Kyle Boller has a gun, but his numbers consistently rank in the league's bottom half.
While Ray Lewis and Ed Reed get all the glory as back-to-back NFL Defensive Player of the Year award winners, Terrell Suggs has quietly become one of the top pass rushers in the league. The third-year outside linebacker and end already has 22 1/2 career sacks and will play primarily with his hand down in the 4-3 defense of new coordinator Rex Ryan, who says Suggs is in the company of the Colts' Dwight Freeney and the Dolphins' Jason Taylor as one of the game's elite sack specialists.
Everybody is terrified of their defense, but can Kyle Boller strike fear into opposing secondaries? He finally has the receiving weapons to do it
He still doesn't read defenses like a savvy veteran, but Kyle Boller knows a good thing when he sees it. After getting a glimpse of the Ravens' top pick in the 2005 draft -- former Oklahoma wideout Mark Clayton -- at a spring minicamp, Boller took care of the new kid in town by hooking him up with plush, cost-effective accommodations. "I invited him to stay at my house," says Boller, who has been Baltimore's starting quarterback since his rookie season in '03. "I know how it is being a rookie, and I figured that was one less thing he'd have to worry about."
As the Ravens keep working to get their offensive house in order, seventh-year coach Brian Billick may finally possess the tools to restore his reputation as an offensive guru. If all goes according to his plan, opposing teams will now have to worry about more than Baltimore's menacing defense and star halfback Jamal Lewis.
In addition to drafting Clayton, a dangerous slot receiver and return specialist, the Ravens signed free-agent wideout Derrick Mason, a two-time Pro Bowl selection with the Titans. Throw in the return of fifth-year tight end Todd Heap, who missed 10 games last season with a severely sprained right ankle after trips to the Pro Bowl in 2002 and '03, and there should be plenty of targets for Boller's gun of a right arm.
"Our defense puts so much fear into an opposing offense, and as an offense we've got to start having that same [effect]," says Mason of his new unit, which ranked 31st in the league in yards per game last season. "This group is as talented as any group of receivers in the NFL. If you're on the outside, you can't see it, but I practice with these guys every day, and I know what we've got."
In Mason the Ravens snagged a go-to receiver who has more catches (191) over the past two seasons than anyone in the league except the Rams' Torry Holt. The ninth-year veteran's smooth moves and ability to find holes in the coverages have blown away his new teammates and coaches. "If there's a better route runner in the league, I haven't seen him," Heap says. "He's so precise, he has great hands and a great suddenness about him."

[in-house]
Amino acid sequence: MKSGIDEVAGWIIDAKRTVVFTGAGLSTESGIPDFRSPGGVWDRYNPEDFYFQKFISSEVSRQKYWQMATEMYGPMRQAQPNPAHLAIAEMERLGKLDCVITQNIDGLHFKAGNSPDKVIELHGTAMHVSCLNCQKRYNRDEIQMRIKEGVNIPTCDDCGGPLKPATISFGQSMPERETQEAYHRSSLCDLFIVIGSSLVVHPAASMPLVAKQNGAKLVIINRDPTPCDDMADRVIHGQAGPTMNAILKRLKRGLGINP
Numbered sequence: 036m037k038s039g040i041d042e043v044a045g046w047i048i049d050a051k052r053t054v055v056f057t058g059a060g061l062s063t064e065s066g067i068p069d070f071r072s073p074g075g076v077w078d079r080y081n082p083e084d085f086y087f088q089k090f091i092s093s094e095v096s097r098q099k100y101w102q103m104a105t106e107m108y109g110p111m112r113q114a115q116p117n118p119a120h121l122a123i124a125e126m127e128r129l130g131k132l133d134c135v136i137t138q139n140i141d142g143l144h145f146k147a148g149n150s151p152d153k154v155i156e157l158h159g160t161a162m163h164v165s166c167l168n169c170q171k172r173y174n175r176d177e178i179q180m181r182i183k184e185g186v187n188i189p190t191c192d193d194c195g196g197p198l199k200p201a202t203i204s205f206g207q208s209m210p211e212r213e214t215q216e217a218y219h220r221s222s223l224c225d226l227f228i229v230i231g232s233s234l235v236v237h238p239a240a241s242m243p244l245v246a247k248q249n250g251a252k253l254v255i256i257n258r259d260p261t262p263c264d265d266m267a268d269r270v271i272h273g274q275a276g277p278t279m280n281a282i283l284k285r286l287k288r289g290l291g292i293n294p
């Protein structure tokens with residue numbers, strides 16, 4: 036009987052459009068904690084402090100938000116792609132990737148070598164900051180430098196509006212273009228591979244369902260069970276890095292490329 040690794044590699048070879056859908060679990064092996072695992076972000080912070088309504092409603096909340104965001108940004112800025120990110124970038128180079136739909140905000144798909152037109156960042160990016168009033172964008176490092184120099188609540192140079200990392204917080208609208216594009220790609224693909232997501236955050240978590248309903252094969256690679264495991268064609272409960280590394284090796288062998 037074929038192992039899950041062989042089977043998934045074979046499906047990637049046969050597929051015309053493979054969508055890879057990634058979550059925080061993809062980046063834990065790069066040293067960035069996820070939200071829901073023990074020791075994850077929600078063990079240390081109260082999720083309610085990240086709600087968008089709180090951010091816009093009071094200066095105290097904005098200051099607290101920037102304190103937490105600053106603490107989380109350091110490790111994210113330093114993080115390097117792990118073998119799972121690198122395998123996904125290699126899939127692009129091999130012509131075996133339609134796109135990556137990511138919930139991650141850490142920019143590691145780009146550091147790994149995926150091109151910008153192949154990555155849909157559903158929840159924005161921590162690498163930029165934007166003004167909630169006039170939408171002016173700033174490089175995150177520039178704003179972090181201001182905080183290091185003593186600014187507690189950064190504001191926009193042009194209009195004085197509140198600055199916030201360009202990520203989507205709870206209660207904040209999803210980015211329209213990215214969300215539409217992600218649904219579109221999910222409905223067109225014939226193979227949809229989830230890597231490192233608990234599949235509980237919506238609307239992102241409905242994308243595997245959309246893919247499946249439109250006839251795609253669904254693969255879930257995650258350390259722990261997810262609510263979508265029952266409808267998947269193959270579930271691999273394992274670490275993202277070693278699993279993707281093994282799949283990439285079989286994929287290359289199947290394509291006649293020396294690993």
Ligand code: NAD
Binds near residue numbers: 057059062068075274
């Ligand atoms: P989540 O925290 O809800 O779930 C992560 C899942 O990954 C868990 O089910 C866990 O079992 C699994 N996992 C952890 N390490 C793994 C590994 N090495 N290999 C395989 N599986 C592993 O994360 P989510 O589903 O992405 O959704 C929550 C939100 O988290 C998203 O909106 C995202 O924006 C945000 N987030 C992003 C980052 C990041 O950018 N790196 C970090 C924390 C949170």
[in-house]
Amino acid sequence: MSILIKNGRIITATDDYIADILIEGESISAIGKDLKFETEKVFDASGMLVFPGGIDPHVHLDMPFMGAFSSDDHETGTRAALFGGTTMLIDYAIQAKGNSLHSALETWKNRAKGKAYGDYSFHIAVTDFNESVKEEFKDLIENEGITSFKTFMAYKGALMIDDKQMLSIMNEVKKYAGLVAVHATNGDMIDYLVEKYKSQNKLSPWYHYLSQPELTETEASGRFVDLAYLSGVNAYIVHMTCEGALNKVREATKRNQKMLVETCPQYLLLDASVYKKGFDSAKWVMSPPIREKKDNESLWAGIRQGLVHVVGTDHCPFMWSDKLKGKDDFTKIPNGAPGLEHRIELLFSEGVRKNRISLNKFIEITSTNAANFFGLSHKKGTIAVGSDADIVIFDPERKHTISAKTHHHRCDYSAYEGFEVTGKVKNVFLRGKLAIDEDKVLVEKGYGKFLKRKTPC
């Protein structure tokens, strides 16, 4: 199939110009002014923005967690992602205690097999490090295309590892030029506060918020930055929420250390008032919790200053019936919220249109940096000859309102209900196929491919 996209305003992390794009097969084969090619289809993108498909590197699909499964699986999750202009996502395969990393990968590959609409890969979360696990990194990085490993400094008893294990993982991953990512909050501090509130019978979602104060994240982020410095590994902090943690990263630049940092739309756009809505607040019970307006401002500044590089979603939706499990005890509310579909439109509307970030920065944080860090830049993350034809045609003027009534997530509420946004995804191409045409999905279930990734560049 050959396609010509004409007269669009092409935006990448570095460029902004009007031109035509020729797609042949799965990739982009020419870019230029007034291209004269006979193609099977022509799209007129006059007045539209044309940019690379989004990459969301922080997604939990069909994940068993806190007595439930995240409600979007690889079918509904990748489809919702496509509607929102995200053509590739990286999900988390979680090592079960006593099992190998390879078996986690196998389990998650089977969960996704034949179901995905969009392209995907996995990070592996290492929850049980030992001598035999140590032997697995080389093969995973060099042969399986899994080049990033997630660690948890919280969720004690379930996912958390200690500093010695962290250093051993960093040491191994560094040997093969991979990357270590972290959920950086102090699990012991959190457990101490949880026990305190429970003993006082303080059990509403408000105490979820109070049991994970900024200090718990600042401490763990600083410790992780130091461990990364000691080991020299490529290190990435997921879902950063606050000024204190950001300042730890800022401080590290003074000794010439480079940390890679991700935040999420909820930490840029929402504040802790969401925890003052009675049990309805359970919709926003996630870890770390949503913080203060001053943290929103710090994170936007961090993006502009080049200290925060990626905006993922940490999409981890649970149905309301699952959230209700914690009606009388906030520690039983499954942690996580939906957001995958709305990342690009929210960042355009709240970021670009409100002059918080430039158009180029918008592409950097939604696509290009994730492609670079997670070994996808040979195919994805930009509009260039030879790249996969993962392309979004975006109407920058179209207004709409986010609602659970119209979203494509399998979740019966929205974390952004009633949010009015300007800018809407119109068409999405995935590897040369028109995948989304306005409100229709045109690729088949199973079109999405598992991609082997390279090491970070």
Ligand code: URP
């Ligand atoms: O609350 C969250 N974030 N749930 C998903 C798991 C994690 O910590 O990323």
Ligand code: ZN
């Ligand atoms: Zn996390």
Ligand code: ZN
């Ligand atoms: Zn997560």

Billick, the onetime Vikings offensive coordinator, goes even further in his praise of Mason: "He's as good coming in and out of breaks as anybody I've been around -- and I had Cris Carter."
In Clayton, Baltimore believes it got a younger version of Mason, complete with a penchant for making big plays on special teams. "He's special, man," Boller says of his housemate. "He's a natural playmaker."
The plan is to ease Clayton into the lineup as a slot man in three- and four-receiver sets, with 6'6", 220-pound, second-year wideout Clarence Moore starting opposite Mason. By spreading out the offense, the Ravens hope to clear the middle for the physically gifted Heap, a 6'5", 252-pound target who presents a heap of trouble for the smaller safeties or slower linebackers who try to cover him. "If you can create a mismatch with Todd, it's a done deal," Boller says. "When I see a linebacker on him, I lick my chops."
With so many enticing options, Boller is well aware that the onus is on him to upgrade his game. Last year he was the AFC's second-lowest-rated passer (70.9), with a 55.6% completion rate and a 5.52-yard average per attempt. "There is not one man in this organization who doesn't think Kyle's not going to have a great year and be a great quarterback," Billick says.
Says Boller, "It's all on my shoulders. It's my offense, and guys are looking at me to be a leader. You'll see a lot smoother quarterback, a guy who's not so hurried."
Ravens fans should be comforted to know that Boller has already thrown his first dramatic touchdown pass of 2005. Granted, it happened in an early-summer game of Madden 2005 on a big-screen TV in the quarterback's five-bedroom home. Clayton, who plays the video game obsessively, had presented the less-polished Boller with an enticing challenge: Score even a single point against him in four quarters, and his landlord could declare victory. Trailing 72-0, Boller, who was playing as the '04 Vikings, finally hit pay dirt on a late Hail Mary from Daunte Culpepper to Randy Moss.
"The final score was 80-7," Boller recalls with a laugh, "but I got to brag about it to everyone the next day, saying, 'I beat Mark.' Hey, I'm not proud."